Public schools across Baltimore City had to close in early January because their heating systems couldn’t deal with the winter weather. Despite Maryland’s chronic underfunding of Baltimore schools according to the state’s own formula, the governor suddenly found $2.5 million to address the problem and hundreds of workers labored over the weekend to fix the problems in about 60 schools. Even then, some schools needed more work and remained closed!
If the winter cold wasn’t bad enough, every year in June and September Baltimore schools face the opposite problem—it’s hot and there’s not enough air conditioning. You would think that in the richest country in the history of the world, the government would provide safe and comfortable conditions for our children and youth to study.
That’s not all. In 2007, the water in Baltimore schools’ fountains was declared hazardous because of lead in the water. Officials said that the city couldn’t afford the $3.3 million to fix the fountains, so they’ve been bringing in bottled water to the schools for over ten years at a cost of about half a million a year. So they have already spent way more bringing in water than it would have cost to fix the problem.
And if you think they are not spending enough on basic health and safety, do you really think they are spending enough on teachers, computers, books, and supplies? The city is heavily dependent on state funding for its schools. The state funds over 70 percent of the city school budget, the highest percentage of all school districts in Maryland. And that funding is far from enough. By the state’s own standards, Maryland underfunds Baltimore City’s education by $290 million per year and nearly $3 billion over the past decade.
Baltimore City can’t fund its schools by itself because it is poor, especially compared to the suburban districts around it. Two-thirds of the city’s population is African American. Our society’s racism is a big factor contributing to Baltimore’s poverty. Median household income for African Americans in Baltimore is about half that of whites, $33,801 compared to $62,751, while for the state of Maryland as a whole the figure is $73,538. Eighty-three percent of public school students in Baltimore are eligible for free or reduced-price lunches. Eighty percent are African American; ten percent are Latino; nine percent are non-Latino white.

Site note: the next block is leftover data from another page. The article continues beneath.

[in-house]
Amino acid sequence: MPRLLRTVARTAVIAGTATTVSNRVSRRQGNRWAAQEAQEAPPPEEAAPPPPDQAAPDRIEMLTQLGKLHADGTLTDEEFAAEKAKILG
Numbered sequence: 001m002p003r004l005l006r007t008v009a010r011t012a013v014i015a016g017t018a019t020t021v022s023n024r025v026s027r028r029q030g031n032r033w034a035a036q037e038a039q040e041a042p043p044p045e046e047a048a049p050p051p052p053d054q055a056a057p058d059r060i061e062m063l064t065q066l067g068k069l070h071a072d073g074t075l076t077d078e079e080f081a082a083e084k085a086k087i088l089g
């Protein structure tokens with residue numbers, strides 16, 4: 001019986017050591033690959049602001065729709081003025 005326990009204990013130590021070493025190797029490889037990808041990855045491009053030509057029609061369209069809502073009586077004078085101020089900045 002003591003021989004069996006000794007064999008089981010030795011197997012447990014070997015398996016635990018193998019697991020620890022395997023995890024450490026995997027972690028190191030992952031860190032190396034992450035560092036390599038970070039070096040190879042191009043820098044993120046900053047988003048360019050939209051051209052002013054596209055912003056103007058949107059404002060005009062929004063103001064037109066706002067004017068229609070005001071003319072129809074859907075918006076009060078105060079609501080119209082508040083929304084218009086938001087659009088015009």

With Democratic Party control of the state legislature, the city council, and the mayor’s office, students of color are not getting the schooling they deserve. The politicians find money for what they want, like giving nearly $700 million of city taxpayers’ money to Under Armour to develop a wealthy district in an old industrial area – a playground for the rich that will include kayak landings for their leisure!
And the politicians found the money to heat the schools in January, only when it had become a public relations disaster. But for Baltimore students, teachers, and school staff, every day is a disaster of one sort or another because of inadequate funding.
We see this all across the U.S. – the children of working people and people of color are not a priority in this society. The wealthy capitalists who control the politicians have other concerns – keeping their wallets fat.